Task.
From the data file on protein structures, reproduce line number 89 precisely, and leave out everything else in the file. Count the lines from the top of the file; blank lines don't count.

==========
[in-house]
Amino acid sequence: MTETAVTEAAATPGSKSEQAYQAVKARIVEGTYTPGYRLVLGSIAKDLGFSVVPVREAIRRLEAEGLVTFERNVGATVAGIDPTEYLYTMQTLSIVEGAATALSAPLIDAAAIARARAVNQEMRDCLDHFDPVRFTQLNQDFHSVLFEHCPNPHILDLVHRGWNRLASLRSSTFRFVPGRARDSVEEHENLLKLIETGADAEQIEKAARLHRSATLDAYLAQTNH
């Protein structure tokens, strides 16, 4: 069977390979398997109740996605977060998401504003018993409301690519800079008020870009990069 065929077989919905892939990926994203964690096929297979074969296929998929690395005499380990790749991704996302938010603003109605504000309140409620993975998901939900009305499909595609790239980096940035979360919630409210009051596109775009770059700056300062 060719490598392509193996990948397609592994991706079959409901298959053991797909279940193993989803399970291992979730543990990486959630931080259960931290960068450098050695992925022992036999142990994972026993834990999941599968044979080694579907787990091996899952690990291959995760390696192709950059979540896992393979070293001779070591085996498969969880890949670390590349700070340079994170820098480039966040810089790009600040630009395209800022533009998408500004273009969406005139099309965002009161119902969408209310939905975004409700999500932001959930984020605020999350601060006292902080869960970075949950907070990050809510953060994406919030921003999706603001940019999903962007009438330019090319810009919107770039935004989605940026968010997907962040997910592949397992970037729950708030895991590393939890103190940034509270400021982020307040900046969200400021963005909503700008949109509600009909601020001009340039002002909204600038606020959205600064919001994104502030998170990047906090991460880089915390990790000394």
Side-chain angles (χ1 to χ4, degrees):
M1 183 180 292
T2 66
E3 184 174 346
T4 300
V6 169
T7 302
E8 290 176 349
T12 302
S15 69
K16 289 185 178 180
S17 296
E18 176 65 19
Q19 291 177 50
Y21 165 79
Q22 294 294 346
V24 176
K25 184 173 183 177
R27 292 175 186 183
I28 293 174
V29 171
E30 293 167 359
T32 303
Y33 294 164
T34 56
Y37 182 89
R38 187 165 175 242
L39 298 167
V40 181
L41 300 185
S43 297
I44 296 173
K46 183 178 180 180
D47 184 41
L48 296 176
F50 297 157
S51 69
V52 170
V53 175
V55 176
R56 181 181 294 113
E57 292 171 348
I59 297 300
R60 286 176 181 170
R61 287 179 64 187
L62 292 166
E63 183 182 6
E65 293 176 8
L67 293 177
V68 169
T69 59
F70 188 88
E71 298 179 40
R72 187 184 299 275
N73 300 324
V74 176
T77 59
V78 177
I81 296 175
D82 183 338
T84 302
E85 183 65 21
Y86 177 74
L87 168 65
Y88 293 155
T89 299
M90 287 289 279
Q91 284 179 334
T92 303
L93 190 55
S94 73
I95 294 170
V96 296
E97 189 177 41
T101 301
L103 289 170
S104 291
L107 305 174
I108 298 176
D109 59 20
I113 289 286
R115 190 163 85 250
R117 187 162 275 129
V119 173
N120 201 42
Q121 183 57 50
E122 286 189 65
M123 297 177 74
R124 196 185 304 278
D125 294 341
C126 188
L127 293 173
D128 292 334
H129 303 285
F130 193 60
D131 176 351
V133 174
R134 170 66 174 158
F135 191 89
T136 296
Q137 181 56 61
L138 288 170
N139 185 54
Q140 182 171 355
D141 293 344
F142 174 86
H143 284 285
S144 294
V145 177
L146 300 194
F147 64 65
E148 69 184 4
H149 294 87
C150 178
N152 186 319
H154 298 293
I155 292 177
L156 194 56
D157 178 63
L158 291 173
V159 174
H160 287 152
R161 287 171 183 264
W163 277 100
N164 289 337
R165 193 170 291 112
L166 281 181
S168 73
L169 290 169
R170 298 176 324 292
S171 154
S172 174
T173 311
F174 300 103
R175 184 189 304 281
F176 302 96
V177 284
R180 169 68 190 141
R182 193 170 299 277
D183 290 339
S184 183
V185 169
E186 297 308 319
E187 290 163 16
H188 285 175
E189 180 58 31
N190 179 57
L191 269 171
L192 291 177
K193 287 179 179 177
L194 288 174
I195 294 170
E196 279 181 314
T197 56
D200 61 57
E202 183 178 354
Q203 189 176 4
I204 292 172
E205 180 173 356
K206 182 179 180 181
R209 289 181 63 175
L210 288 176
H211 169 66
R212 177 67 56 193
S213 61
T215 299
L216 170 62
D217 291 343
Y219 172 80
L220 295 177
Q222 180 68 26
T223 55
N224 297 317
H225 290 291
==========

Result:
Q121 183 57 50